Nvidia announces production ready AD reference platform
Hyperion 8 combines a computer architecture with a complete sensor set for self-driving systems as part of Nvidia’s Drive family. This latest-generation technology is designed to provide the highest level of functional safety and cybersecurity and is supported by sensors from numerous leading suppliers including Continental (long-range radar), Hella (short-range radar), Luminar, Sony (cameras) and Valeo. Drive Hyperion is available today for 2024 vehicle models, Nvidia founder and CEO Jensen Huang announced at GTC.
The production-ready platform is open and modular, so customers can use what they need – from compute hardware and middleware to Level 3 Driving, Level 4 Parking and AI cockpit capabilities. With a functionally secure AI computing platform at its core, Drive Hyperion provides a secure foundation for autonomous vehicle development. During his keynote address at the GTC Keynote, Huang demonstrated a Drive Hyperion 8 vehicle based on a Mercedes model driving autonomously through everyday traffic in Silicon Valley.
Drive Hyperion is scalable: the current standard Drive Orin platform is designed to be upgraded when available with Nvidia Drive Atlan and DriveWorks APIs that are compatible across generations. Two Nvidia Drive Orin SoCs provide the necessary redundancy and resilience, as well as sufficient computing power for Level 4 self-driving and intelligent cockpit functions – even in the case that these functions should only be added later via a software update.
The Drive Hyperion 8 developer kit also includes Nvidia Ampere architecture GPUs. Their processing power provides developers with enough headroom to test and validate new software features, Huang promised. The Nvidia DriveWorks Sensor Abstraction Layer simplifies sensor setup with easy-to-use plug-ins, while the Drive AV software includes the deep neural networks for perception, mapping, planning and control.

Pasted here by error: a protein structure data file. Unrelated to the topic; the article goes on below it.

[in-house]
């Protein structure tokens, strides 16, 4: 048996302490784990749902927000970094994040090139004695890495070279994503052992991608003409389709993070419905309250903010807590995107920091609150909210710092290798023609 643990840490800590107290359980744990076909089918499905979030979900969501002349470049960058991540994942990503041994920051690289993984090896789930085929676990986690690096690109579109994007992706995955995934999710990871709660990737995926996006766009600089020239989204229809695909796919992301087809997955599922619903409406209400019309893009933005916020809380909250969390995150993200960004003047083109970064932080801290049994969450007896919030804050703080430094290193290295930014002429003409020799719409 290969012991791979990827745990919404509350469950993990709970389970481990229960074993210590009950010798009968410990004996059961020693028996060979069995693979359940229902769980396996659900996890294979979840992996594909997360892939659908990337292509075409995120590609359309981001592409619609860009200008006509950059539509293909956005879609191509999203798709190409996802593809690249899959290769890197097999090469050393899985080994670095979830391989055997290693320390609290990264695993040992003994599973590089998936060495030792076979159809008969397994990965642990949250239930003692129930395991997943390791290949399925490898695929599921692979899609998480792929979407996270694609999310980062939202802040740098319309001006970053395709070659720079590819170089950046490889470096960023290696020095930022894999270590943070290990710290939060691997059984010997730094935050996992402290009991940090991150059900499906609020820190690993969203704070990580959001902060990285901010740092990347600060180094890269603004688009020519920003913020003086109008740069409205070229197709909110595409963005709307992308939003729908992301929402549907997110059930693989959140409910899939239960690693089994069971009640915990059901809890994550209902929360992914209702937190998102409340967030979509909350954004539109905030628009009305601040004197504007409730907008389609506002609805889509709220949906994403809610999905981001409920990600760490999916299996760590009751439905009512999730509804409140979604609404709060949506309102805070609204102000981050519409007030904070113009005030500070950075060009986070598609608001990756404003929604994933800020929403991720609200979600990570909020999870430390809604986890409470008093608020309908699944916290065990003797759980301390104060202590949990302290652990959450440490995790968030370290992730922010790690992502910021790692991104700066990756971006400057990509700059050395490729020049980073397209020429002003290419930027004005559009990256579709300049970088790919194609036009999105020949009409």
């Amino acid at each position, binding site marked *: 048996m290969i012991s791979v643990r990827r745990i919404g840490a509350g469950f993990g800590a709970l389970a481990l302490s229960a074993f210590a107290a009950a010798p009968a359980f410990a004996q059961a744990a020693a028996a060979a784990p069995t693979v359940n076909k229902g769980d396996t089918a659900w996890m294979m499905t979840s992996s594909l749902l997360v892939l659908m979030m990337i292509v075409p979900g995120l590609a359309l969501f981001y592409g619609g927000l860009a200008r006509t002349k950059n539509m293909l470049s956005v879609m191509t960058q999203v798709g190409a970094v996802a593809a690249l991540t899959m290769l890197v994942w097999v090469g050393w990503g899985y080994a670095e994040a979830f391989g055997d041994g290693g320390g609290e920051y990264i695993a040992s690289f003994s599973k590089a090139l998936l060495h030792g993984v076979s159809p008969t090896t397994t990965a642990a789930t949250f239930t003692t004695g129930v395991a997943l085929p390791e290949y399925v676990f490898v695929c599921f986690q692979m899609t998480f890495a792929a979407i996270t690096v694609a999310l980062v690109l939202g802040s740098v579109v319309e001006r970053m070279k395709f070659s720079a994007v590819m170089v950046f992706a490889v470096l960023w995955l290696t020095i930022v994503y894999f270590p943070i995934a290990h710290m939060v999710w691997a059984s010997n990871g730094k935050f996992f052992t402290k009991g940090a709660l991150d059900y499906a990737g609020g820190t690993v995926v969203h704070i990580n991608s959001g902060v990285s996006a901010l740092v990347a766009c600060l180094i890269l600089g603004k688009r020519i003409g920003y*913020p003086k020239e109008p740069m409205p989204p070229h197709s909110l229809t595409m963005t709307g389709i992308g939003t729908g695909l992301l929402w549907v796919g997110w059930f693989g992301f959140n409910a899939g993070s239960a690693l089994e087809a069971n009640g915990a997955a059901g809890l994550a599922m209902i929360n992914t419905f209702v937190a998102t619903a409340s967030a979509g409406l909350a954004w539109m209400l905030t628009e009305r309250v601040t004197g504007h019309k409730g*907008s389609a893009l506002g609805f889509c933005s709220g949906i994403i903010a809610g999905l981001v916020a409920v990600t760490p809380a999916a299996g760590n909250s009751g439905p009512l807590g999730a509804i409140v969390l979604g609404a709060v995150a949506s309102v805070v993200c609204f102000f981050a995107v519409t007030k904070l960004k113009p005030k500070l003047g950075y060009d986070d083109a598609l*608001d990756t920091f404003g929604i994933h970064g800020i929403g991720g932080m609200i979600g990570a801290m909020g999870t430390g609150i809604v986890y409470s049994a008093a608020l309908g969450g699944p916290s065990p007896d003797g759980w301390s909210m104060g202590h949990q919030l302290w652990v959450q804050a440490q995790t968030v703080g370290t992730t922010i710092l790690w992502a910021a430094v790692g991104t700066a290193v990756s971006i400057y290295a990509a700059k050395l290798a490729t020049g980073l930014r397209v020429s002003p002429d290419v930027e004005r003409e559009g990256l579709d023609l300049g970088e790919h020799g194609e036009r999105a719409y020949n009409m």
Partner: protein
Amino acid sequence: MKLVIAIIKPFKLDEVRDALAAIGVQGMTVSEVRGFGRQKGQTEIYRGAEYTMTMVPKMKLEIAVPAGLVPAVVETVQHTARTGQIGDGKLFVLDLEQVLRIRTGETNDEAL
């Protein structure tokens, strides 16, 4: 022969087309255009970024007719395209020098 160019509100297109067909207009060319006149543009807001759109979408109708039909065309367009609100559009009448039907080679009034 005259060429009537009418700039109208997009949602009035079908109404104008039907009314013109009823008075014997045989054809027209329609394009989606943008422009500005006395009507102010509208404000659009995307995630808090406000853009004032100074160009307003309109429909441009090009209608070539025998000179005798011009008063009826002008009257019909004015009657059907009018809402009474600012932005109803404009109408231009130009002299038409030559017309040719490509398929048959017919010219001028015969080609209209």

The available sensor package for the reference platform includes 12 cameras, nine radars, 12 ultrasonic sensors and a Luminar lidar sensor at the front. By using whichever sensor suppliers are deemed appropriate in conjunction with sensor abstraction tools, autonomous vehicle manufacturers can adapt the platform to their individual self-driving vehicle solutions.
Alongside this, Nvidia unveiled two virtual assistants called Drive Concierge and Drive Chauffeur. Drive Concierge uses Nvidia’s software platform for driver interaction with convenience features – such as reservations, phone calls, online interior monitoring functions and even self-parking. Car designers can use it to implement assistance functions without having to develop their own hardware. The same applies to Drive Chauffeur, which can take over driving tasks on roads. The two virtual assistants are ready for production but can also be modified and supplemented by car manufacturers.